Knowledge-Driven Agglomeration Processes: An Agent-Based Simulation Study

Knowledge-Driven Agglomeration Processes: An Agent-Based Simulation Study

Nunzia Carbonara (Polytechnic of Bari, Italy)
DOI: 10.4018/978-1-4666-9770-6.ch014
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According to the economic geography literature, firms tend to geographically cluster when agglomeration economies exist. These are positive externalities associated with the co-location of firms within a bounded geographic area. Traditionally, the agglomerative advantages have been expressed in terms of pecuniary externalities and they have been identified as one of the key sources of the geographical clusters' competitive advantage. However, in the last years the basics of competition are changed and the ability of firms to create new knowledge is more crucial for success rather than the efficiency in production. This has shifted the attention of scholars on the role of knowledge and learning for the competitiveness and success of geographical clusters. In line with these studies, the chapter suggests that agglomeration economies are related to both pecuniary externalities and knowledge-based externalities. The latter are benefits that co-located firms can gain in terms of development of knowledge. To investigate whether knowledge-based externalities affect geographical clustering of firms, an agent-based model is developed. By using this model, a simulation analysis is carried out.
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1. Introduction

Geographical clusters (GCs) are concentrations of interconnected companies and institutions in particular fields (Porter, 1998). These systems of firms (including also Marshallian industrial districts) have been extensively investigated in the literature. Different aspects have been observed, and some notions and models have been developed aimed at identifying the sources of competitive advantage, such as the agglomeration economies concept introduced by Marshall (1920) and further formalized by Krugman (1991); the flexible specialization production model conceptualized by Piore and Sabel (1984); the industrial atmosphere notion conceived by Marshall (1919); and the innovative milieux notion developed by the GREMI (Maillat et al., 1993).

Referring to the notion of agglomeration economies, these are positive externalities (benefits) resulting from the co-location of economic activities that make the geographical cluster attractive towards firms and drive their location choices. In fact, the spatial concentration of firms generates several benefits, such as lower transportation costs, a higher production flexibility, a greater availability of specialized workforce and specialized input providers, as well as knowledge spillovers (Marshall, 1920; Porter 1998). For Krugman (1991), the benefits of agglomeration in essence depend on three factors: i) substantial increasing returns to scale, both at the level of single firm (internal economies) and the industry (external economies); ii) sufficiently low transport costs; and iii) large local demand.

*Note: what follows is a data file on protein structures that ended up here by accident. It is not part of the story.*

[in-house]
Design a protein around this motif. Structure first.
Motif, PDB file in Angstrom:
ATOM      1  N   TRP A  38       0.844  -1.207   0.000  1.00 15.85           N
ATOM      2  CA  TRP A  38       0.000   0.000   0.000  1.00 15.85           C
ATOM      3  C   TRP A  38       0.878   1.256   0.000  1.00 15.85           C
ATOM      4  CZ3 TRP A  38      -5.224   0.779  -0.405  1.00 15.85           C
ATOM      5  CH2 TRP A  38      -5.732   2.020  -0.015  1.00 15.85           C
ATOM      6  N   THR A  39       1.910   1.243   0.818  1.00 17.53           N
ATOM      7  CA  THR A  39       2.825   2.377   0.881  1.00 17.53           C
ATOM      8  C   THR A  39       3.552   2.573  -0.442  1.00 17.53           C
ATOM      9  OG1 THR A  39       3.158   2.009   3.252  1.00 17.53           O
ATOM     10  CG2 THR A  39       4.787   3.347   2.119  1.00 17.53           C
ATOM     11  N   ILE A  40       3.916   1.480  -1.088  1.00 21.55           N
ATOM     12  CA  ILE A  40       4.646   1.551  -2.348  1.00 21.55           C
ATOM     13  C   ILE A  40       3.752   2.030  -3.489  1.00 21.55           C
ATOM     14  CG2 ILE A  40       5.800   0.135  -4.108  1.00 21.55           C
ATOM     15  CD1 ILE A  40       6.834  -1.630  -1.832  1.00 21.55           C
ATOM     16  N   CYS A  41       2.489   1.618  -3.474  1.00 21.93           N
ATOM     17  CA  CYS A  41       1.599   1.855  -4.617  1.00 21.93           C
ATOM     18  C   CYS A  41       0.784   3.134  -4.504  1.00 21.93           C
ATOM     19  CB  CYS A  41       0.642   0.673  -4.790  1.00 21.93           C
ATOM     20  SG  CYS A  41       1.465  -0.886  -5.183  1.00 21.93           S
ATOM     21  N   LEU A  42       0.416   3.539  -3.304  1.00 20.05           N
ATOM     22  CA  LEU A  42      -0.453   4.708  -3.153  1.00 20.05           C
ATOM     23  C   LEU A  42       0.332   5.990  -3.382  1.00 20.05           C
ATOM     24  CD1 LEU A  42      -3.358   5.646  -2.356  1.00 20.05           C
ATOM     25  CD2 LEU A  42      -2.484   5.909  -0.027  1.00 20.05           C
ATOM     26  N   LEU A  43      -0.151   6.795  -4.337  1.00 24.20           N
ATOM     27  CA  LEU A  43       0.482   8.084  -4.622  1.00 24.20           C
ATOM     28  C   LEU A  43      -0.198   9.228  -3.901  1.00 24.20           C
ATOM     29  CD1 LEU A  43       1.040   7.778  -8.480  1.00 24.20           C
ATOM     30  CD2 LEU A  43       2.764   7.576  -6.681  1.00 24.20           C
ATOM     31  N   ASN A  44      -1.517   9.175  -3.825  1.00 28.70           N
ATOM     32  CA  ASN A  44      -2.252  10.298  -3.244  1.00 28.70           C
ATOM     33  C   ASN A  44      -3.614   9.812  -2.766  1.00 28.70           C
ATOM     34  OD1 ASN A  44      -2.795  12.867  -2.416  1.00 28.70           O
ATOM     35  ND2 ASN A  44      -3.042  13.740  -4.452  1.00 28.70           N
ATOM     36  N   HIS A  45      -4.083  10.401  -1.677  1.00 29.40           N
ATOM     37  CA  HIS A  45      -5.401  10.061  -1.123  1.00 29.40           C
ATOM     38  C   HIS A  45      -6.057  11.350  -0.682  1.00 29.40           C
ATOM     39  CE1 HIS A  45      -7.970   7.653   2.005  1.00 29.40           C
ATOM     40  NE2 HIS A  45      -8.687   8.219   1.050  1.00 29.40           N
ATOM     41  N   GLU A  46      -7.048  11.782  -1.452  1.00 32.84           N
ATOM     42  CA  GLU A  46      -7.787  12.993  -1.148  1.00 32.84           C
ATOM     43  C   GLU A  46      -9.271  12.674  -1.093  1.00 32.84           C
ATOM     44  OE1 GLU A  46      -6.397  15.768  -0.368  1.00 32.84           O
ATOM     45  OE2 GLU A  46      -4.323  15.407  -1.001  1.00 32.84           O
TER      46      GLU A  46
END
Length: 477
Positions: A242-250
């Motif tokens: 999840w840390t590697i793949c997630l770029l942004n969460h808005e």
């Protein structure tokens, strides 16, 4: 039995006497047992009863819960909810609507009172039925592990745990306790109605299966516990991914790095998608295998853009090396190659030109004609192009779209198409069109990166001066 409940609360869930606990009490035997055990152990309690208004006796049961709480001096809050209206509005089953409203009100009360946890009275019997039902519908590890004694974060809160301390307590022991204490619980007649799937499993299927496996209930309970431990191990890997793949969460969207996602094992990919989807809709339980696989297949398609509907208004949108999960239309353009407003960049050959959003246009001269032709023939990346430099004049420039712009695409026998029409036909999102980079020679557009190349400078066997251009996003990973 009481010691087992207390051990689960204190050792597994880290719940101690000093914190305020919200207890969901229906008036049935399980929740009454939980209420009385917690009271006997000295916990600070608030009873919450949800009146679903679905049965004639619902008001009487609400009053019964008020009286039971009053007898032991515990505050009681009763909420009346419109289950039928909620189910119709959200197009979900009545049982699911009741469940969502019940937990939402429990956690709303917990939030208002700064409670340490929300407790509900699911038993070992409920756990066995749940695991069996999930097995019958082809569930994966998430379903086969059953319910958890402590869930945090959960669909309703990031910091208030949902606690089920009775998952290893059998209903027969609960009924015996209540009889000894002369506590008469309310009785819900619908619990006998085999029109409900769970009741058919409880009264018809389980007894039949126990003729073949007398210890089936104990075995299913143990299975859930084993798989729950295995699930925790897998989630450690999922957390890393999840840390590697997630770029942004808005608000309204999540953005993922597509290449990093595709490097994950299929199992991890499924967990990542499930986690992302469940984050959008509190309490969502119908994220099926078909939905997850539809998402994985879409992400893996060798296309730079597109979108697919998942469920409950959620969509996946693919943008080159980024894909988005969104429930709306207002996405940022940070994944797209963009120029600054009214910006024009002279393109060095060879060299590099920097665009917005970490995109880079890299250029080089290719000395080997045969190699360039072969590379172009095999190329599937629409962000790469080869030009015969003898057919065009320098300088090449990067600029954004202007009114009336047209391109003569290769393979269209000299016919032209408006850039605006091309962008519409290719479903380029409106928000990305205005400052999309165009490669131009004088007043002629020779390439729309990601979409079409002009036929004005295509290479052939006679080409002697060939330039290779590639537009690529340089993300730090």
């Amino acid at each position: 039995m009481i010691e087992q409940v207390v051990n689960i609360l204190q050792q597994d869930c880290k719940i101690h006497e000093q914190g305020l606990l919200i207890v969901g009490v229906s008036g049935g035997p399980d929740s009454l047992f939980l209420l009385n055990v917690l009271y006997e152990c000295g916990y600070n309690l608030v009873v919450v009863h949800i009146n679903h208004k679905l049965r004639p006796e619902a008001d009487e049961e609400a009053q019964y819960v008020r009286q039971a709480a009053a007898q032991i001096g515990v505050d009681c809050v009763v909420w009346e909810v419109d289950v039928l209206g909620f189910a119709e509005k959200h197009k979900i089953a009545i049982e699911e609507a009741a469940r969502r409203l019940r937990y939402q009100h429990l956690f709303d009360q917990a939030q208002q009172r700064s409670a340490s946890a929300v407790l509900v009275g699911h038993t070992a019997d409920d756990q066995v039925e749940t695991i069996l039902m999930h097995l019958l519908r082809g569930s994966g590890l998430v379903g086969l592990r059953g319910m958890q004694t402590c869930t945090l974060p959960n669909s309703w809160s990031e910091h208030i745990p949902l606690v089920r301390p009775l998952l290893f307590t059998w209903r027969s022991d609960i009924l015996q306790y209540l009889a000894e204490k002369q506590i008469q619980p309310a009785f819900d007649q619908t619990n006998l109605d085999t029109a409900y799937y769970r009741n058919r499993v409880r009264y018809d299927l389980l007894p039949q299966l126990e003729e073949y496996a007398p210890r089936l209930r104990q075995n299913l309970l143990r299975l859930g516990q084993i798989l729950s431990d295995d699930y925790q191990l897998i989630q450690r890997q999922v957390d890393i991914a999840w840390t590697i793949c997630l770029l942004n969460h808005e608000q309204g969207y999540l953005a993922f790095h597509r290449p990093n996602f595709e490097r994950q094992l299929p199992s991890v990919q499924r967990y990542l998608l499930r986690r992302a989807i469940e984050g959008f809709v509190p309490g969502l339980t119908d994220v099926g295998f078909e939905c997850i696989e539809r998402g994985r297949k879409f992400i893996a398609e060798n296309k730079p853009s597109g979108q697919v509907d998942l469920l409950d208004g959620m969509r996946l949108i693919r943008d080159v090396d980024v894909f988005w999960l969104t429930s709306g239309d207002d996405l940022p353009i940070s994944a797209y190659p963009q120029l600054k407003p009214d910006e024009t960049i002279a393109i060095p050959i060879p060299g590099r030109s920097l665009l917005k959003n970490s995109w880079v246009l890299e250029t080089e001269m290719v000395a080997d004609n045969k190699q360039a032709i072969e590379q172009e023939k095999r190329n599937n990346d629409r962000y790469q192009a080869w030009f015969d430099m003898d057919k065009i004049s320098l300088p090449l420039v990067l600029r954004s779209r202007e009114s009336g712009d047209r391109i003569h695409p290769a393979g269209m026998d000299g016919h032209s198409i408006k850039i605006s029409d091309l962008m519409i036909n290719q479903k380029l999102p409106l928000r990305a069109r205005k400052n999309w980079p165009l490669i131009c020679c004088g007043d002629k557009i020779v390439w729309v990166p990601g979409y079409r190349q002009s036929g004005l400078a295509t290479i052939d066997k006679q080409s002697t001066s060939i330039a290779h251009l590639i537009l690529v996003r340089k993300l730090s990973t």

According to the geographical economics literature, firms tend to geographically cluster when agglomeration economies exist1, which consist mainly of pecuniary externalities (Krugman, 1991), because they gain from the reduction of production cost and/or the increase of the production efficiency. Thus, GCs are cost efficient spatial configurations and their source of competitive advantage is based on cost reduction.

More recently strategic management literature has highlighted the limit associated with a competitive strategy based only on two sources of competitive advantage (cost reduction and differentiation) and has recognized the importance of knowledge as a fundamental factor in creating economic value and competitive advantage for firms (Grant, 1997; Leonard-Barton, 1995). What a firm knows, how it uses what it knows, and how fast it can develop new knowledge are key aspects for firm success (Prusak, 1997; Hamel and Prahalad, 1994). Therefore, knowledge is a key asset for competing firms and learning is a key process, because it increases the firm’s cognitive capital, i.e. the firm’s knowledge stock.

In the last years, some scholars have analyzed the role of knowledge in GCs and proposed a knowledge-based theory of GCs (Malmberg and Maskell, 2004; Maskell, 2001b; Tallman et al., 2004). Some works have investigated the nature of knowledge circulating in GCs, the knowledge transfer and creation processes embedded in GCs, and the learning processes activated by firms in GCs (Albino and Schiuma, 2003; Albino et al, 2005). These are particularly effective in GCs, because proximity among firms largely enhances them (Baptista, 2000; Maskell, 2001a, Boshma, 2005).

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